Government invests in cohealth’s harm reduction services

Released on 22nd July 2015

cohealth welcomes new funding as part of the Victorian Government’s effort to reduce the harm associated with drug use on people and their families – a hidden health issue in western suburbs like Brimbank.

The Government’s Ice Action Plan recognises fast growing populations and an historic lack of services in the Melbourne’s west is causing people to travel long distances to receive health services for injecting drug
users, or miss out on services altogether.

Harm reduction has been the bi-partisan cornerstone of drug policy in Australia since the 1980s. It sees drug use as a health issue for people and the communities where they live. Harm reduction emphasises
education through support and health promotion, and the provision of clean injecting equipment through needle and syringe programs to avoid transmission of blood borne diseases like Hepatitis C and HIV.
With the implementation of the Ice Action Plan, the government has announced a mix of new and expanded services including cohealth’s Fitzroy, Collingwood, Footscray and Braybrook community health

cohealth currently has a needle and syringe program operating in Footscray six days a week and in Braybrook from Monday to Friday. The cohealth needle and syringe program in Footscray is accessed by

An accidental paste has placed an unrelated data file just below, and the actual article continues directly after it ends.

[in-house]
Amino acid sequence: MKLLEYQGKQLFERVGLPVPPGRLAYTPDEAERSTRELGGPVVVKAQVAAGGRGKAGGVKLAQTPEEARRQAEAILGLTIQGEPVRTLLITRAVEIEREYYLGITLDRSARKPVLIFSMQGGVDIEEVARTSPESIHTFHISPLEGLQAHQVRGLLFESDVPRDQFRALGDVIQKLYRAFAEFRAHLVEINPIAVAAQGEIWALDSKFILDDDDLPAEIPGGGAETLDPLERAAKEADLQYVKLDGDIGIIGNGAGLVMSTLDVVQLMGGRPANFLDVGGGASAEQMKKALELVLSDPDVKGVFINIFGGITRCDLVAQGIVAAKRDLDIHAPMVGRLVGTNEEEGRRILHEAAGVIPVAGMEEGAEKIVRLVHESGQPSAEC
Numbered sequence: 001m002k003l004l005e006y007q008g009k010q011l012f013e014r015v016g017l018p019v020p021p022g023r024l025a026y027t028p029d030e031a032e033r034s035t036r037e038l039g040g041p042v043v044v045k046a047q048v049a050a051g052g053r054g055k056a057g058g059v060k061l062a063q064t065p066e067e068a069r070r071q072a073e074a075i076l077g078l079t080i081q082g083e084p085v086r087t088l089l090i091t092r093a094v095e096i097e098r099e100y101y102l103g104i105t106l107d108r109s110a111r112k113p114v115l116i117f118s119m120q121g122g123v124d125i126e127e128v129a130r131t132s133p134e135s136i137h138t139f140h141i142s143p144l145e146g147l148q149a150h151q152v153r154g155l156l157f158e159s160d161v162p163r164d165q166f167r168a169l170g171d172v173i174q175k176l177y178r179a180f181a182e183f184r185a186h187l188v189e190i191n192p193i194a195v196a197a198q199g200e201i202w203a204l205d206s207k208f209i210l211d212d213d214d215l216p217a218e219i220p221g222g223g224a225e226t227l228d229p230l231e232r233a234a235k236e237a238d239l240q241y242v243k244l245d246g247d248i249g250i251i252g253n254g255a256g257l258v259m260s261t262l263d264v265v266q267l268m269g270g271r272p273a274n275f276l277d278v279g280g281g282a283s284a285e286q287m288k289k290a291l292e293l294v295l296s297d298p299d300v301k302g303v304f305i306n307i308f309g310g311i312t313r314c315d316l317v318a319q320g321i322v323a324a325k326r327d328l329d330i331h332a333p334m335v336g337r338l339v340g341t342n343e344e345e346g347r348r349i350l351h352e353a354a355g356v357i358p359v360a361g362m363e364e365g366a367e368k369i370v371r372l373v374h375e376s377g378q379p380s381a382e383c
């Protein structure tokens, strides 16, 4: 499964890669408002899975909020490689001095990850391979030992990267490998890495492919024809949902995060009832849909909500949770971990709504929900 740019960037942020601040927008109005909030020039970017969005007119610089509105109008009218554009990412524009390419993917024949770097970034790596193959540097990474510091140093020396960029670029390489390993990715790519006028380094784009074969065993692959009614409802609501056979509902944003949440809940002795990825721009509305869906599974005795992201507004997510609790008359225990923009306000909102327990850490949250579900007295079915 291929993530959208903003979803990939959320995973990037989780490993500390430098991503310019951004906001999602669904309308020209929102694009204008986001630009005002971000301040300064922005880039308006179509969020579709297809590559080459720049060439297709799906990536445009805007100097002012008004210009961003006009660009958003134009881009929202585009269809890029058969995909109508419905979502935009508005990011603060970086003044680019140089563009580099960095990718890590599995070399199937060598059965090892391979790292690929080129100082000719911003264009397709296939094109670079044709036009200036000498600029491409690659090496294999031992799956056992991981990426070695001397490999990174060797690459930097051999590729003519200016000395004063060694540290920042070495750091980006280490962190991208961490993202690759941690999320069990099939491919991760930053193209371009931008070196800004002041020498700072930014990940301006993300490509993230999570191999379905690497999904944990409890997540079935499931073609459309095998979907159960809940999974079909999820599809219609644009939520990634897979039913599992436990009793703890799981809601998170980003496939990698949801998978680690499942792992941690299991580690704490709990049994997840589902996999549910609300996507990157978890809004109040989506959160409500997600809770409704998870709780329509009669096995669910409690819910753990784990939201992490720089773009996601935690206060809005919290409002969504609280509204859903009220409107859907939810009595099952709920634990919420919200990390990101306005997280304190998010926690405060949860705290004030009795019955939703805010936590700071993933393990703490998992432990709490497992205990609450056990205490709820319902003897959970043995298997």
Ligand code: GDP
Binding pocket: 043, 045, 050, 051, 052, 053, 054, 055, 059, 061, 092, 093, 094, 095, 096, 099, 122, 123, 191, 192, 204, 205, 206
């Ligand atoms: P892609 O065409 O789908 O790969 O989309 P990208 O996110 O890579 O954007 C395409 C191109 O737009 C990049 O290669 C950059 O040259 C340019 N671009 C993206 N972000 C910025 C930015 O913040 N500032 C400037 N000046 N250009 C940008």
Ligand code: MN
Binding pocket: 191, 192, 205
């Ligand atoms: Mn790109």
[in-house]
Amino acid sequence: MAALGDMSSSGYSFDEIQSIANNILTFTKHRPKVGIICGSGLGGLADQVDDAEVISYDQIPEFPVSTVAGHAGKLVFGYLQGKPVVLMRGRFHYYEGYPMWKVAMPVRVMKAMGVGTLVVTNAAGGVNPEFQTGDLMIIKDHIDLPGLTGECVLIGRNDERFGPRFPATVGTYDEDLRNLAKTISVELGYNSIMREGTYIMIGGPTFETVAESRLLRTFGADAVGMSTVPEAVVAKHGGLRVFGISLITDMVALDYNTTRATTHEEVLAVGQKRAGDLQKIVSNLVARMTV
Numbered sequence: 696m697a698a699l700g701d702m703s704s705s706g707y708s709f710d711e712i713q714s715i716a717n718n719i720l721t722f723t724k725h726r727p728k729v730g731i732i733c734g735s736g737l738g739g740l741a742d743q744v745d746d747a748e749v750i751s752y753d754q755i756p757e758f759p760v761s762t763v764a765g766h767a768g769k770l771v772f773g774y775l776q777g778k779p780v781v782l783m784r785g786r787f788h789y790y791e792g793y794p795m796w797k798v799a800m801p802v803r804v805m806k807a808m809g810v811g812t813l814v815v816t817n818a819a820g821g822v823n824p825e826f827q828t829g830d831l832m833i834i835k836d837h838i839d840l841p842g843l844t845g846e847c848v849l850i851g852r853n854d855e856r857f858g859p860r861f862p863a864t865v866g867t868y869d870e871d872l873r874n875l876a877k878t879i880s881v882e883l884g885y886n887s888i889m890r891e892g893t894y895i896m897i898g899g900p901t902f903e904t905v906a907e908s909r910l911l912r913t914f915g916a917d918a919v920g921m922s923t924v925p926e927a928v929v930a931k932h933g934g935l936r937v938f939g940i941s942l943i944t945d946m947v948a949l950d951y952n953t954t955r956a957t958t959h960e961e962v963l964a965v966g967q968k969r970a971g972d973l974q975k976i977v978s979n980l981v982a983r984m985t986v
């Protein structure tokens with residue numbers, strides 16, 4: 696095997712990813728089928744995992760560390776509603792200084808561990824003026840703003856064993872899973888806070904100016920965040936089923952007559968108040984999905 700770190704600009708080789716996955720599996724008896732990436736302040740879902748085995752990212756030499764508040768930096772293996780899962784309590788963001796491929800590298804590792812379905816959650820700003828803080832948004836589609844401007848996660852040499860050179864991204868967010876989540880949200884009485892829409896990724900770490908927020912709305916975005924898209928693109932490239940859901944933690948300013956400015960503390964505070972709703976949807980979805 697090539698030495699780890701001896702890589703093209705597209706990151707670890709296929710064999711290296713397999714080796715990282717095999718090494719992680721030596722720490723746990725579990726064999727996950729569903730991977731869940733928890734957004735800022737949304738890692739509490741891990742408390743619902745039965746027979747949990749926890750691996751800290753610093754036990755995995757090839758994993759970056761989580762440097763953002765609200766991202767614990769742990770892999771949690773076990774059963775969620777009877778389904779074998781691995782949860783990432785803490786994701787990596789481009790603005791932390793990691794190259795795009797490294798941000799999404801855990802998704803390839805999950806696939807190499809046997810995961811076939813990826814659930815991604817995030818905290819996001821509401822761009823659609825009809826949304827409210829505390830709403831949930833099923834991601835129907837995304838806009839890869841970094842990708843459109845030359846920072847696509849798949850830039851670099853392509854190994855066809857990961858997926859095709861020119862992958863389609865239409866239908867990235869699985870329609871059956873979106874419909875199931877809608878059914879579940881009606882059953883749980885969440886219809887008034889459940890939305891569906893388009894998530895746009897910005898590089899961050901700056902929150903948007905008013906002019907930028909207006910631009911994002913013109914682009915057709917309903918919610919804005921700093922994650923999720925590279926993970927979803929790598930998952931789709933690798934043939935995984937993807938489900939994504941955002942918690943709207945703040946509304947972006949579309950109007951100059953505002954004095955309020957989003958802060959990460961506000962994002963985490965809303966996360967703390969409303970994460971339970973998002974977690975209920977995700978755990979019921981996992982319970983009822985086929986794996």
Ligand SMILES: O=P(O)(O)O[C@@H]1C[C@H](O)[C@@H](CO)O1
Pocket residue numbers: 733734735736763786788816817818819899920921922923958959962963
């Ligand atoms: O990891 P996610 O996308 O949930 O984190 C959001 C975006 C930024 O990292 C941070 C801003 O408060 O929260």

around 250 to 350 people a week. In addition to this, another 100 people a week are accessing the NSP at the Braybrook Community Centre.

Because our philosophy is to design services together with the people who use them, we will be working with our consumers, the community and staff, and the Department of Health and Human Services, to plan how best to utilise the new funding to develop sustainable and responsive services to the needs of people using drug and their families.

Some of the new funding will allow an expansion of cohealth’s needle and syringe programs. Over the past two decades needle and syringe programs have been a public health success story: reducing the spread of blood borne viruses such as HIV and Hepatitis C; and treating people with the respect and care that they deserve.

Needle and syringe programs are regarded as one of the most successful ever public health interventions and continue to deliver excellent value for every dollar spent. The Department of Health estimated that 25,000 cases of HIV and 21,000 cases of hepatitis C were avoided between 1991 and 2000 as a result of the $130m spent by Australian Government on NSPs – the savings to the health system in avoided treatment costs were estimated to be between $2.4 and $7.7 billion.[1]

[1] Commonwealth of Australia, 2002. Return on investment in needle and syringe programs in Australia. Canberra:
Commonwealth Department of Health and Aging.

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